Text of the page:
If nothing else, “Snow White and the Huntsman” shows there’s more than one way to screw up the Snow White story. “Mirror Mirror,” just two months ago, sprinkled the classic fairy tale with snarky pop culture references, to less than stellar results.
A revisionist fairy tale in the other direction, ‘Huntsman’ makes an even worse choice- turning the myth into a swashbuckling adventure that layers on mediocre action sequences, unconvincing CGI and a tone of oppressive, nearly tyrannical seriousness.
That’s just the start of the bad choices here, which also include a production design that’s excessively dreary, an intrusive musical score by the usually trustworthy James Newton Howard and an over-reliance on computer-generated creatures- good and evil- who pop up out of nowhere despite having nothing to do with the movie. It’s also yet another film that tells us, over and over again, that Kristen Stewart is the most valuable, sought-after being in the universe, without showing us any reason why she would be.
“Snow White and the Huntsman” has about ten minutes of plot, spread out to over two hours: Charlize Theron is the evil queen, who holds Snow White (Stewart) prisoner until she escapes; the queen then sends the Huntsman (Chris Hemsworth) after her, but instead they team up, seeking to defeat the queen at the end. Also on hand is another suitor (Sam Clafsin) introduced in a childhood flashback and certain to contribute to a love triangle in the sequel- much the same as the character played by Hemsworth’s brother Liam in “The Hunger Games.”
Director Rupert Sanders, a commercial veteran earning his first-ever credit of any kind on a movie, appears to have learned everything he knows from Peter Jackson’s work, especially the “Lord of the Rings” trilogy. Then again, there’s a lot more Bad Jackson in here than good; I kept being reminded of that tediously long middle section in Jackson’s “King Kong” where the movie stopped dead in its tracks for 30 minutes so all the creatures could fight each other.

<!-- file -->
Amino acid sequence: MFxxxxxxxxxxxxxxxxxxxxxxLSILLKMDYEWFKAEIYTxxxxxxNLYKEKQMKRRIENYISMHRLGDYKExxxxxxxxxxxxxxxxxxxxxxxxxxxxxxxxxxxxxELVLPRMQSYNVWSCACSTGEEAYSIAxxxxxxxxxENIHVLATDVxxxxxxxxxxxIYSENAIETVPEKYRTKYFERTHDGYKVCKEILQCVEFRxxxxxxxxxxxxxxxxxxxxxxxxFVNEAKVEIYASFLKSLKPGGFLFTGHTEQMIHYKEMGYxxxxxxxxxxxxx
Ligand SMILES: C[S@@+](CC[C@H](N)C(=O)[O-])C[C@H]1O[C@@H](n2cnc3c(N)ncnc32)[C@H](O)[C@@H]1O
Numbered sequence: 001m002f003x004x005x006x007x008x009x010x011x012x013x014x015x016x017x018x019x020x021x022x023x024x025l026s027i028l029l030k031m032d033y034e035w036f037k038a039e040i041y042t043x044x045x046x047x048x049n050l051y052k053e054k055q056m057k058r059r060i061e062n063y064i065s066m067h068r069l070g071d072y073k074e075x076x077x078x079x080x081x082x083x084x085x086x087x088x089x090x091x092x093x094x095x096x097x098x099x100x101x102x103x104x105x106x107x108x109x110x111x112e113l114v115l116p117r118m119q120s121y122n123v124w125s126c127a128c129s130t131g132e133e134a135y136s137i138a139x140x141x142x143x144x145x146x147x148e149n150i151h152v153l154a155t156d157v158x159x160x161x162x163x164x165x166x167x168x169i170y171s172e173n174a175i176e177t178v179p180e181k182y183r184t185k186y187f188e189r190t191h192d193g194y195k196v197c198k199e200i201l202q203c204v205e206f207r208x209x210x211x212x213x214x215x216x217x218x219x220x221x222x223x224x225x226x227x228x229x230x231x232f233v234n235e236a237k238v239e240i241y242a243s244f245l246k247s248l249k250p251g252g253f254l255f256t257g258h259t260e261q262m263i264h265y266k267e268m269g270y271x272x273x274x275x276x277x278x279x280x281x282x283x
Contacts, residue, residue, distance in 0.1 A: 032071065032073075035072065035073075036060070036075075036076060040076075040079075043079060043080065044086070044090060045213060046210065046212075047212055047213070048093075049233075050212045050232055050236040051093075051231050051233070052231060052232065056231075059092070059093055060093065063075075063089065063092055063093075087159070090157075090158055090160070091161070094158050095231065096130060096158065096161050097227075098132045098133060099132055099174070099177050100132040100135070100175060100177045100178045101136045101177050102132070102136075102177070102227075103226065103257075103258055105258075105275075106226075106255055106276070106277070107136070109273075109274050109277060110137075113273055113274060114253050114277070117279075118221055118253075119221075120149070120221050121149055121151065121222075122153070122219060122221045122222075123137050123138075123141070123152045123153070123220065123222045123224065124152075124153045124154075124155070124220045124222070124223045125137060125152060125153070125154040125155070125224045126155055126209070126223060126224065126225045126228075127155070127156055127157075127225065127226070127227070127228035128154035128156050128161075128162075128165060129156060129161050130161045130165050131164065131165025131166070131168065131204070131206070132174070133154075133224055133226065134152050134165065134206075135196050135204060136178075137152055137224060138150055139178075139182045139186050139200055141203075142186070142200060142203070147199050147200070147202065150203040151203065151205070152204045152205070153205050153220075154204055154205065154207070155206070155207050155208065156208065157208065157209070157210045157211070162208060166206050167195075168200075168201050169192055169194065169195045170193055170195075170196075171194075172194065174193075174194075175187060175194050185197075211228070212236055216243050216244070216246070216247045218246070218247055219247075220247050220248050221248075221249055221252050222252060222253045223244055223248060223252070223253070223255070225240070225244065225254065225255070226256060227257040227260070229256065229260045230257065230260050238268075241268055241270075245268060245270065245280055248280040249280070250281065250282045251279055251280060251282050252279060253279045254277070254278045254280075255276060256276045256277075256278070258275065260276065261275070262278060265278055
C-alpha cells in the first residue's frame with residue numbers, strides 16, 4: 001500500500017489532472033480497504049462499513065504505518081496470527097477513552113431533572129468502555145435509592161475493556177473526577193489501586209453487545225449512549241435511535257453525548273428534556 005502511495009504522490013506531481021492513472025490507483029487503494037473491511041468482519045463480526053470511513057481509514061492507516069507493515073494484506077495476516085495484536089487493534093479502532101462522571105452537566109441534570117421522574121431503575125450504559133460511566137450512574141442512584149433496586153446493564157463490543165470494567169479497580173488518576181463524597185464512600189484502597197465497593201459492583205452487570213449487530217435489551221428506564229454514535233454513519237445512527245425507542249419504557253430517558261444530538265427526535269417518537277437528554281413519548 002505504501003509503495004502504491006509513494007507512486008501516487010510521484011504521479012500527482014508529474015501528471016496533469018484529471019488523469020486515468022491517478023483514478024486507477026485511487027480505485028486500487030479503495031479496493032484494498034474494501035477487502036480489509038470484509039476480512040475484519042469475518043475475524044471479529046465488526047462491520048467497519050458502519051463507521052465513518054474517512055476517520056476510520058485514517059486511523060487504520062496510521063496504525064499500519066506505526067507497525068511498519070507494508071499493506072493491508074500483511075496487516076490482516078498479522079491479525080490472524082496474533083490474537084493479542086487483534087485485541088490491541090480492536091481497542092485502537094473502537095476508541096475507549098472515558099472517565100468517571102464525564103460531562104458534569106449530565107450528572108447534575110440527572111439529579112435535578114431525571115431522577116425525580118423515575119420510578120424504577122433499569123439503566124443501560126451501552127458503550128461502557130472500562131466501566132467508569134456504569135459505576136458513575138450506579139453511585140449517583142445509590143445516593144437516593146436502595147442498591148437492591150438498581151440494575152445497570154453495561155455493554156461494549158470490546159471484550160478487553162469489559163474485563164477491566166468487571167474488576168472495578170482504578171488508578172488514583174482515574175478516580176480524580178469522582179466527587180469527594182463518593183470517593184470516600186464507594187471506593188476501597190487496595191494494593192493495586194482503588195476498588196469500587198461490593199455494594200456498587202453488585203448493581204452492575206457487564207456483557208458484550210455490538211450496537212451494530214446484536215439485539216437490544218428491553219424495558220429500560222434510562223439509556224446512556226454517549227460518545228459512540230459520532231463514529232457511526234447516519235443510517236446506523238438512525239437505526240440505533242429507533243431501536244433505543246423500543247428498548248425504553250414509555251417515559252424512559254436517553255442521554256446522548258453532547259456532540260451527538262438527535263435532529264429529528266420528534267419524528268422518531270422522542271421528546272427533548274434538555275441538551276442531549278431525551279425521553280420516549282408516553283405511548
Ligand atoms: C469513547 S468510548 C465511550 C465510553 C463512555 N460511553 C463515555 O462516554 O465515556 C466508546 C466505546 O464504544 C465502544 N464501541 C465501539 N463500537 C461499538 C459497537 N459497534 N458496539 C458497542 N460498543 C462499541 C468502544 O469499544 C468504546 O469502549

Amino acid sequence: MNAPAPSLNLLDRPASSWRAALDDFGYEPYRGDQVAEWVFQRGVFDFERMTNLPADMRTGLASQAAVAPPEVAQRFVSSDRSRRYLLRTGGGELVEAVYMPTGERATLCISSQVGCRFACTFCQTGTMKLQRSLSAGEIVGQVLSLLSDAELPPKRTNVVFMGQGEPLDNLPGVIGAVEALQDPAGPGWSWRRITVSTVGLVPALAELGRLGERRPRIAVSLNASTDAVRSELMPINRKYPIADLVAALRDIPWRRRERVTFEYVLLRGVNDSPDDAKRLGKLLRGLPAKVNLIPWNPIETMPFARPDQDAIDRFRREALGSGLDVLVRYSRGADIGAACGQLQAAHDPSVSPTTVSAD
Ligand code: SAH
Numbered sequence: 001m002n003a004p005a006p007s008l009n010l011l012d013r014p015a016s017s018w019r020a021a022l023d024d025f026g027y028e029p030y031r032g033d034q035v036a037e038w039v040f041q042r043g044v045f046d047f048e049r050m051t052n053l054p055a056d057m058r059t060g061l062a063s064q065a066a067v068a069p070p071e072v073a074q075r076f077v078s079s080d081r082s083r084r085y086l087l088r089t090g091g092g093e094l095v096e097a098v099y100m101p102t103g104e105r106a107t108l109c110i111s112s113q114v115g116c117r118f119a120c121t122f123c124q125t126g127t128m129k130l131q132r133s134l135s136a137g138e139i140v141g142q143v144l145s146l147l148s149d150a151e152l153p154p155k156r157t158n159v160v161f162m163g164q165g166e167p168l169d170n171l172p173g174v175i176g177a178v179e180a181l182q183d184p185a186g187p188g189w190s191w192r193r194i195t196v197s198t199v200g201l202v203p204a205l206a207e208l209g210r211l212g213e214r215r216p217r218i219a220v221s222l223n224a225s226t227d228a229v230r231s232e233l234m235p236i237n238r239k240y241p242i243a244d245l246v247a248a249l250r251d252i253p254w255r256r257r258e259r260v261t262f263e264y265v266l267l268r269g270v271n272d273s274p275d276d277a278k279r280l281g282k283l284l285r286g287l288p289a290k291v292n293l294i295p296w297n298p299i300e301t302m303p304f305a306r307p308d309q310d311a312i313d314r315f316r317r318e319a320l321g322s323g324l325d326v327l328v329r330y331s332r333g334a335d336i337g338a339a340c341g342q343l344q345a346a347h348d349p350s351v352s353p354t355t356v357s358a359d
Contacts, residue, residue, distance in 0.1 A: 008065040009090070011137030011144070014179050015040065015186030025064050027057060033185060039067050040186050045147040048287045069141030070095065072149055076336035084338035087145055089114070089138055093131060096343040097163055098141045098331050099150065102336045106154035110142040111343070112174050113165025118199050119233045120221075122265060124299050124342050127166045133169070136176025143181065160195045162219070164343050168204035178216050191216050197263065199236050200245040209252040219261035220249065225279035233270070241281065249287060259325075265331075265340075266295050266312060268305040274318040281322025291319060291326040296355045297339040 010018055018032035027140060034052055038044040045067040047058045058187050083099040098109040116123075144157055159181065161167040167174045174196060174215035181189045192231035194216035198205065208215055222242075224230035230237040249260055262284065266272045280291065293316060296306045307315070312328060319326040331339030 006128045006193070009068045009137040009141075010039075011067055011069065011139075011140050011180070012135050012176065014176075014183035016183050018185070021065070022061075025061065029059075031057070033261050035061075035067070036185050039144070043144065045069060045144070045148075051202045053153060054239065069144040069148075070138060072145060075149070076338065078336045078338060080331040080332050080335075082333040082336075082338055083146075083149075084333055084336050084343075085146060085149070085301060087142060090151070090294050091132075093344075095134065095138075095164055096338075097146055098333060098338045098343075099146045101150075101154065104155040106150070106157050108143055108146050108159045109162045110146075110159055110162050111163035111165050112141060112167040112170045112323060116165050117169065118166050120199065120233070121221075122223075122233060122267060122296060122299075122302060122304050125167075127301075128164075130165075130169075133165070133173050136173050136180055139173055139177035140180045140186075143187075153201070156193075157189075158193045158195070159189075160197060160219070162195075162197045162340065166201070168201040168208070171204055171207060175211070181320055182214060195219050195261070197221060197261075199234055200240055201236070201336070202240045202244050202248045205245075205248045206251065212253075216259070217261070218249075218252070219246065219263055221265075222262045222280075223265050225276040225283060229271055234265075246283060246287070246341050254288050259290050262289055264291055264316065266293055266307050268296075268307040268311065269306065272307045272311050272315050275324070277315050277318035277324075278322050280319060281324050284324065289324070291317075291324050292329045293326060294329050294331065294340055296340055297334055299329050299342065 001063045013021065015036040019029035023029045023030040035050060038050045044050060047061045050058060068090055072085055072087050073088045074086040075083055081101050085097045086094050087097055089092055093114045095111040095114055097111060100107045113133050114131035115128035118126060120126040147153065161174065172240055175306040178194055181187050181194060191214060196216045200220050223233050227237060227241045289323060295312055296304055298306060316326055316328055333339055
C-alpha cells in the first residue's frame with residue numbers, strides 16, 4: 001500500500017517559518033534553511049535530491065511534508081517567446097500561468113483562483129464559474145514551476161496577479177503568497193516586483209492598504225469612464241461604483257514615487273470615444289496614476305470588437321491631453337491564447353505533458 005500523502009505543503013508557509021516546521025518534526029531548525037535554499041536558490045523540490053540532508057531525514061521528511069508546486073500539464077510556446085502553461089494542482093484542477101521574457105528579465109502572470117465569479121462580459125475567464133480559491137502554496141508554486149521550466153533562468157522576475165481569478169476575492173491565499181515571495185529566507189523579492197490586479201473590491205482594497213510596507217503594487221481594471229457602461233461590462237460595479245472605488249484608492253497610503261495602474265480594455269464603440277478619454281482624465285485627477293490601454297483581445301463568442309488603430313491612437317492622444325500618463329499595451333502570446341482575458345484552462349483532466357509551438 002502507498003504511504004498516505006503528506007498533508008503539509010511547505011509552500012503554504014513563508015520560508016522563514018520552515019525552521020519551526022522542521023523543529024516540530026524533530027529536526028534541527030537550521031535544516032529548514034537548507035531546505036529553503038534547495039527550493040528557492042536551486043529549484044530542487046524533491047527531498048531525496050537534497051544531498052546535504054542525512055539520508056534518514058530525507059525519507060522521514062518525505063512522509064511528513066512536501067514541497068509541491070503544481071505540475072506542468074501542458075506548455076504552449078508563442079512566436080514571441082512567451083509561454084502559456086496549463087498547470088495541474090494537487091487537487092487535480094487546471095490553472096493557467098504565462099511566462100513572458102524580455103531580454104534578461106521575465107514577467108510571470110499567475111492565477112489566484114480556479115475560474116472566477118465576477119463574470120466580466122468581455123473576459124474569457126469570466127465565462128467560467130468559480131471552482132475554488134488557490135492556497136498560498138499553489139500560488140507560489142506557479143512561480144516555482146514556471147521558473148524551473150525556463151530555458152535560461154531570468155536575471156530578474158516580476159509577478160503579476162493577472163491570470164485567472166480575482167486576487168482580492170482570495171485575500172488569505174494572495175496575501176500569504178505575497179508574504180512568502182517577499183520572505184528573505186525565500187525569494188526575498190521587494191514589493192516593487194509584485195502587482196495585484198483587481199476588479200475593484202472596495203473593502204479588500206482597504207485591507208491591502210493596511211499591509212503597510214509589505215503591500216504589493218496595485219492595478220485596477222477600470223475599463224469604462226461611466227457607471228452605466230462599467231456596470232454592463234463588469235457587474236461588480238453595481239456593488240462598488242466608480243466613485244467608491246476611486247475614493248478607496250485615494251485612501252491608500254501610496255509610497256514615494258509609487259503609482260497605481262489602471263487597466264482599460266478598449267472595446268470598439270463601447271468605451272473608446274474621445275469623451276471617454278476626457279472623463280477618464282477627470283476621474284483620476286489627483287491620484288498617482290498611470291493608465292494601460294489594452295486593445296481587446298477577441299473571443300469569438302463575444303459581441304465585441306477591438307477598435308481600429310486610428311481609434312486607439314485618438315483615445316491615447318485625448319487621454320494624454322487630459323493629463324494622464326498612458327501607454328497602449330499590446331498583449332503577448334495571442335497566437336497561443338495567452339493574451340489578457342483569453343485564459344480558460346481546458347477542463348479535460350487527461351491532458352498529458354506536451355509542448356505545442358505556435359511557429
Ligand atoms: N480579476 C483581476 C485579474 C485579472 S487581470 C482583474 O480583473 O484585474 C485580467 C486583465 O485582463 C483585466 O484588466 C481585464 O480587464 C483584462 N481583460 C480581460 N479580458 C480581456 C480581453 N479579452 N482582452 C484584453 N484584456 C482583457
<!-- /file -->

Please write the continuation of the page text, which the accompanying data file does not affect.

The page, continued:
“Snow White and the Huntsman” plays like a knockoff of Game of Thrones, and not only because the blond queen has a similarly blond brother who’s her sidekick and dies early on. However, it’s missing all of the things- palace intrigue, intricate and dense plotting, artfully staged action- that make that show great. Not to mention, none of the seven dwarves are played by Peter Dinklage.
In fact, the dwarves aren’t dwarves at all. They’re all played by recognizable actors- including Ian McShane, Ray Winstone, Toby Jones, Nick Frost, and Bob Hoskins- who are not, in fact, little people. Not only is this casting unfair to the fraternity of little-person actors, but the look they’re given is just creepy and wrong. Just the sight of Ian McShane’s head CGI’d onto a dwarf’s body was such a glaring distraction that I couldn’t hear anything he was saying.
The acting is not such a strong suit either. If you thought Roberts was chewing scenery in “Mirror, Mirror,” that was nothing; Theron follows her amazing turn in “Young Adult” with a one-note, yelling-filled performance that may be a career worst.
Stewart’s lack of charisma on screen has been well-documented, but it’s especially a problem here, playing a character that really should have some. And Hemsworth, the weakest link in “The Avengers,” is a dud once again- the male lead in the Roberts film, Armie Hammer, at least had a personality.
Then there’s the script, credited to three writers, although I’d imagine many others were probably involved at various stages. At one point Stewart gives a long speech that culminates with “I would rather die than live another day of this death,” which would go down as an all-time bad movie line even if it didn’t spring from a character who had just come back from the dead.
I didn’t think there would be another Snow White movie worse than “Mirror, Mirror,” much less one released only two months later. But Tarsem’s film at least made narrative sense, and looked good to boot. “Snow White and the Huntsman” is a strong worst movie of the year candidate.